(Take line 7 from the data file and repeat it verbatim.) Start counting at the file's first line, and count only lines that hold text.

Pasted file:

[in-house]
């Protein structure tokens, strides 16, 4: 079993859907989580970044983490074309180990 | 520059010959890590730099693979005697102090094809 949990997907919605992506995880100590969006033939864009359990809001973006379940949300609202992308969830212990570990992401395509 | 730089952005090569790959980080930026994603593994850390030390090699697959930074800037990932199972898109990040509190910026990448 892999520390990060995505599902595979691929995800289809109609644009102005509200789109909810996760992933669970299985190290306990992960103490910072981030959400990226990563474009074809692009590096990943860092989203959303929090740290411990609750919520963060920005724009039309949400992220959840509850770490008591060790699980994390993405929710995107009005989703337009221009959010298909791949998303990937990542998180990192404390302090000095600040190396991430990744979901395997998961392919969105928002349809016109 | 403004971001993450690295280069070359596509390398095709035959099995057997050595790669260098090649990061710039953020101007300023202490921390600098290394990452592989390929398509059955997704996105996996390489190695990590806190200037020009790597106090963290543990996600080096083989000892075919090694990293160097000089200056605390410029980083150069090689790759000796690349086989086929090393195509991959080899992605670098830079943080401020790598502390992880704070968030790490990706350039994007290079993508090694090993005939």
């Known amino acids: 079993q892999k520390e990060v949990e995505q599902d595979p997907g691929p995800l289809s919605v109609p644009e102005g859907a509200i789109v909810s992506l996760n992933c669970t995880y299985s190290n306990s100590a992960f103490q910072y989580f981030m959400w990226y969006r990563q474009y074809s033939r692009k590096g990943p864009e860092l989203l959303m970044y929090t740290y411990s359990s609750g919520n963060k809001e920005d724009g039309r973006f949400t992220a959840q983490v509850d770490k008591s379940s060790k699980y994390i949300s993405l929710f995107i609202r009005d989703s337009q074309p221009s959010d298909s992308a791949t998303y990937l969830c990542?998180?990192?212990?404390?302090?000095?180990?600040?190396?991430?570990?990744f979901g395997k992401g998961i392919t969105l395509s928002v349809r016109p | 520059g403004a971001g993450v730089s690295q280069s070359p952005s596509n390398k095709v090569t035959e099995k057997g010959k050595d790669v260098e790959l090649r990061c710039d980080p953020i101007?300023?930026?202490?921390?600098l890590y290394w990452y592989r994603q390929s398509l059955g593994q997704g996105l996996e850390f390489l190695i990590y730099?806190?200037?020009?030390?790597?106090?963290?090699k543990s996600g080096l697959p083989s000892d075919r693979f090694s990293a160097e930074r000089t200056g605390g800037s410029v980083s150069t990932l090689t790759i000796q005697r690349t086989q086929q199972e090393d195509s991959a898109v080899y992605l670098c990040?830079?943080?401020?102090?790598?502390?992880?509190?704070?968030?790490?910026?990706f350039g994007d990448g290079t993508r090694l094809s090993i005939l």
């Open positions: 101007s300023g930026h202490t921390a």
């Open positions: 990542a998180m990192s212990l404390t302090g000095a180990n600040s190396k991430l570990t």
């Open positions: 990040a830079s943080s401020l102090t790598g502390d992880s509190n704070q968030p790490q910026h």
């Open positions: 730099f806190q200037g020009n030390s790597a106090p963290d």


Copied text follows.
């Open positions: 730099f806190q200037g020009n030390s790597a106090p963290d």